Nokia’s Lumia 920 has distinctive colourful cases fronted by a big, vivid display. Photo: Nokia
Nokia's push to expand sales of its Lumia smartphones in new markets such as China should help shrink an overall revenue decline and reduce its first-quarter loss, easing some of the pressure on CEO Stephen Elop.
Quarterly results on Thursday are also expected to show a turnaround at communications equipment venture Nokia Siemens Networks (NSN), bolstering Nokia's bottom line and supporting the shares' recovery from last year's record low.
While analysts say Nokia has yet to prove it can survive in an industry increasingly dominated by Samsung and Apple, a slow but steady improvement in finances may buy more time for Canadian chief executive Elop as he attempts to implement his turnaround strategy.
Nokia is pinning its hopes on Lumia phones, which use Microsoft's Windows software. Since signing a deal late last year to sell Lumias in China, it has launched cheaper versions of the smartphone to cater to a global market of price-conscious but tech-savvy consumers.
While Nokia recently launched 15€ phones to shore up its position in basic handsets, its long-term success is seen as hinging on smartphones, both due to their higher margins and because more consumers, including those in emerging markets, are demanding access to apps like Twitter from their phones.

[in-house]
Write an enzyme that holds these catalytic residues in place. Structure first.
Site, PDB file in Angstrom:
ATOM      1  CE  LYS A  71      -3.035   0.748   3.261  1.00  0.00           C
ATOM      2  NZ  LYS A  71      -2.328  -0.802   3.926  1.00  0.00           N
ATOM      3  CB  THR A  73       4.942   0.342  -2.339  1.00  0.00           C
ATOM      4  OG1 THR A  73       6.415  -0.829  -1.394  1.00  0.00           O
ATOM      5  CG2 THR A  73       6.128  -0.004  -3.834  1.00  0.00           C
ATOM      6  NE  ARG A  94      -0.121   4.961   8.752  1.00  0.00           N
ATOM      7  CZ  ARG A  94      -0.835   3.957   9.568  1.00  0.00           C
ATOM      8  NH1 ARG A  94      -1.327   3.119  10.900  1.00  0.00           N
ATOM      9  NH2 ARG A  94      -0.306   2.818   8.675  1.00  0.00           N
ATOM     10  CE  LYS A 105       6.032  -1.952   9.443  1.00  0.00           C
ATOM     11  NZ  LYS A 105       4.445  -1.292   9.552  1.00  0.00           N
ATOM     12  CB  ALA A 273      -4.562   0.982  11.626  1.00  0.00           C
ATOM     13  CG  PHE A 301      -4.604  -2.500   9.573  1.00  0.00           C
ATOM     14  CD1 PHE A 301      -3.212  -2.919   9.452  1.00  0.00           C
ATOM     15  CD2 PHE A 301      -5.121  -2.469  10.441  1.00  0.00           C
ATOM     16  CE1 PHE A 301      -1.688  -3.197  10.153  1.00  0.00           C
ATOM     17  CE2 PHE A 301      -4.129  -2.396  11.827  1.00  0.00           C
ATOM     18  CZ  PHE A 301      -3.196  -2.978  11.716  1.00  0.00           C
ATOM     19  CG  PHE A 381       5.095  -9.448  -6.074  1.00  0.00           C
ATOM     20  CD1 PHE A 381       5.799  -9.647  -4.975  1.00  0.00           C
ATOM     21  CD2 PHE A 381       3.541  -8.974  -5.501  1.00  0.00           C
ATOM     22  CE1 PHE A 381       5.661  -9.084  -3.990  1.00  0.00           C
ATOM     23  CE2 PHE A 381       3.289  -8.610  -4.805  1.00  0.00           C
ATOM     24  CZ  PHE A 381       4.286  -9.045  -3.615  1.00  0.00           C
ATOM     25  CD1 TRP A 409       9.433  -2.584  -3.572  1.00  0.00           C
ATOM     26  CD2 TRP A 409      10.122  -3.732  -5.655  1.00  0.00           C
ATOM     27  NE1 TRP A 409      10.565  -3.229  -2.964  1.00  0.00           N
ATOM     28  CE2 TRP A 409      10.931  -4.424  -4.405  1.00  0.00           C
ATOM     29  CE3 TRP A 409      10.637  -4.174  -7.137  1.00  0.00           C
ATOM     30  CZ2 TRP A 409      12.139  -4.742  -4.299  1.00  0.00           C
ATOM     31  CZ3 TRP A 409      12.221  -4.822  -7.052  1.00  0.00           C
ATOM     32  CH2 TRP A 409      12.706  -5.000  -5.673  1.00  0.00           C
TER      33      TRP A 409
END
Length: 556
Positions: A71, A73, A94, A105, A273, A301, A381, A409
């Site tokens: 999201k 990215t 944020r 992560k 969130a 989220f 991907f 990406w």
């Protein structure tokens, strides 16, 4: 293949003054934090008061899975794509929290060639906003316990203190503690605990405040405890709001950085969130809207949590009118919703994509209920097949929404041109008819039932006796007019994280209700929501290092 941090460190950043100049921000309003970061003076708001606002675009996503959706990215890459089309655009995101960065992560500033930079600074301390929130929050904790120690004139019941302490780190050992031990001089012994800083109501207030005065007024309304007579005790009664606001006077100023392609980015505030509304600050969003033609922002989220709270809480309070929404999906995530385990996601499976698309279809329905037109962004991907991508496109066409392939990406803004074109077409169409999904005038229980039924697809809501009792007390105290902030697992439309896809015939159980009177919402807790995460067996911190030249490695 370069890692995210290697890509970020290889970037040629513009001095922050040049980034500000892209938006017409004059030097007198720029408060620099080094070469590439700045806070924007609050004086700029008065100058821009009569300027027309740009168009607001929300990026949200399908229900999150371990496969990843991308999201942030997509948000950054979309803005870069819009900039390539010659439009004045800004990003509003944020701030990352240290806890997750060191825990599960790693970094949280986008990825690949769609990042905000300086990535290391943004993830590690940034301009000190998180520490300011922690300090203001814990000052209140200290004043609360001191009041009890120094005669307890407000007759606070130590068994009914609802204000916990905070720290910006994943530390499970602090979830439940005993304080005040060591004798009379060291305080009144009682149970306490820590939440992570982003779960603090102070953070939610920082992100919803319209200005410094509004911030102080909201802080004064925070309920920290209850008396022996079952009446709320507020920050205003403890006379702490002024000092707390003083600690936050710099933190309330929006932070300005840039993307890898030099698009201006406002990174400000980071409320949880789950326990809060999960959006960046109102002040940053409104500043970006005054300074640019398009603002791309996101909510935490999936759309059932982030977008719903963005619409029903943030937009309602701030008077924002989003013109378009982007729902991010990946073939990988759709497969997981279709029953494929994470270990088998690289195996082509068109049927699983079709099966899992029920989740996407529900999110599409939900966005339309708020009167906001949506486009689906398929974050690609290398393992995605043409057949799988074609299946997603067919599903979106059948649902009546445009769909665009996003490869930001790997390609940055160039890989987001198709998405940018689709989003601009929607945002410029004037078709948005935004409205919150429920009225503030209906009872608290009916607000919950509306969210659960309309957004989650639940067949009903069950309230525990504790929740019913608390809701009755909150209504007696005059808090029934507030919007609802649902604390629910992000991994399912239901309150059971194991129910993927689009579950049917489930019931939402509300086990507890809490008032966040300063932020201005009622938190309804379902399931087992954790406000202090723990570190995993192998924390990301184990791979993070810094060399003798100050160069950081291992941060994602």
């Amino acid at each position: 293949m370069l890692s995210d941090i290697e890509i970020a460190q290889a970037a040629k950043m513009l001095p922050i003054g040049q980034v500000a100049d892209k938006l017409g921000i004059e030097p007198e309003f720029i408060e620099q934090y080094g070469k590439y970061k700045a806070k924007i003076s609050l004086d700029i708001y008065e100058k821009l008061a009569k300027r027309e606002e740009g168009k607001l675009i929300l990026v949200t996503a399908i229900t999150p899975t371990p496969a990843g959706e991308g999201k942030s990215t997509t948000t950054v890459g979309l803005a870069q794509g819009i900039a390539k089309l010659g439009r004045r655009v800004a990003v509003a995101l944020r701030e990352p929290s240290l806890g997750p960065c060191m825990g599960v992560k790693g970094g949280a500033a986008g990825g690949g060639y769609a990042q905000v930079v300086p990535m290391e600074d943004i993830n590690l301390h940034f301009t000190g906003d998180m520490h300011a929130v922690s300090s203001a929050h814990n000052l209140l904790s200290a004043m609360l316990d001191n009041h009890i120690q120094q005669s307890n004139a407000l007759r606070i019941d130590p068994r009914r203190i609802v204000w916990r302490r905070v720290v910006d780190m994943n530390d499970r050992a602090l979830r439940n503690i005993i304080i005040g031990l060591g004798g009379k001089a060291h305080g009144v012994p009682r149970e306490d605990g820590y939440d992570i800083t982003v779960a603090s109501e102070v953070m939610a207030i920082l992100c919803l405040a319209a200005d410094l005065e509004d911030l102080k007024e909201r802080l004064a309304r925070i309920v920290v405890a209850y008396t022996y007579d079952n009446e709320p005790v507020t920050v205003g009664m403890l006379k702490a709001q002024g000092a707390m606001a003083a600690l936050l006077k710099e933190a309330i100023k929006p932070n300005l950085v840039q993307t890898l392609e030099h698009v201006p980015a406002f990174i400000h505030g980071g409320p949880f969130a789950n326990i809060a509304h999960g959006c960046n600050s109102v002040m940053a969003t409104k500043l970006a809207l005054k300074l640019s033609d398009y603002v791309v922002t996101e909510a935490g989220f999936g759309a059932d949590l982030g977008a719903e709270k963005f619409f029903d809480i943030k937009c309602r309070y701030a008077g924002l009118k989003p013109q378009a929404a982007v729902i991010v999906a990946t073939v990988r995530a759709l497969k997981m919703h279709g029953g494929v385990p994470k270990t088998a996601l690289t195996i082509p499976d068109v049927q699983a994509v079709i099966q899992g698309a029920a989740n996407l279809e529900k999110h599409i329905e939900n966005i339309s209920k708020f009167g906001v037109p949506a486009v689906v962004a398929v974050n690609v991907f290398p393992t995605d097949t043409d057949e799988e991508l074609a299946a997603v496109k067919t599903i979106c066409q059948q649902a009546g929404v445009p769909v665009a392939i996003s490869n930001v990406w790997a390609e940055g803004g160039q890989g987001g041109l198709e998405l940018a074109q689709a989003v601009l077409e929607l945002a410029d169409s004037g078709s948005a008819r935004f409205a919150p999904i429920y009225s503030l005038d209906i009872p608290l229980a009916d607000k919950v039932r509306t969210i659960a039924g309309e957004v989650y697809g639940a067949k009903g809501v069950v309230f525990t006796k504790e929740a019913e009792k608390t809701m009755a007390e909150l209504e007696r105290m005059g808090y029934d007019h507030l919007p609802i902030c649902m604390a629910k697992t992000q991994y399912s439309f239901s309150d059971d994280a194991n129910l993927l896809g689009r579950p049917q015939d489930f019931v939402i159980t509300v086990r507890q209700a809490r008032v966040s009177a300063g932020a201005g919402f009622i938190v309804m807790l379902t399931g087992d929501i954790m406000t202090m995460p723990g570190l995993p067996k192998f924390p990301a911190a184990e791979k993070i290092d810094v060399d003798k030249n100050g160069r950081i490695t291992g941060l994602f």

"Its visibility is really poor, and of course there's still a possibility that the Windows strategy will fail. We don't know," said Michael Schroder at Finnish investment group FIM.
"But the base case assumption now is that volumes will gradually come up as the geographical coverage distribution gets wider and product portfolio moves towards lower price points."
While that is hardly a bullish endorsement, it underscores a shift in the market's view of the Finnish mobile phone marker, which a few quarters ago was under pressure to drop its Windows Phone strategy, as well as its CEO, if sales failed to pick up.
Analysts on average forecast first-quarter net sales to fall 11.8 per cent from a year earlier to €6.48 billion ($US8.49 billion), according to a Reuters poll, a more moderate decline than the 19.6 per cent drop reported in the previous quarter.
Quarterly shipments of Lumia phones are seen at 5.6 million units, up from 4.4 million in the fourth quarter.
NSN GAINS STRENGTH
Nokia's underlying loss, which excludes special items, is seen shrinking to €0.04 per share from €0.08 per share a year earlier.
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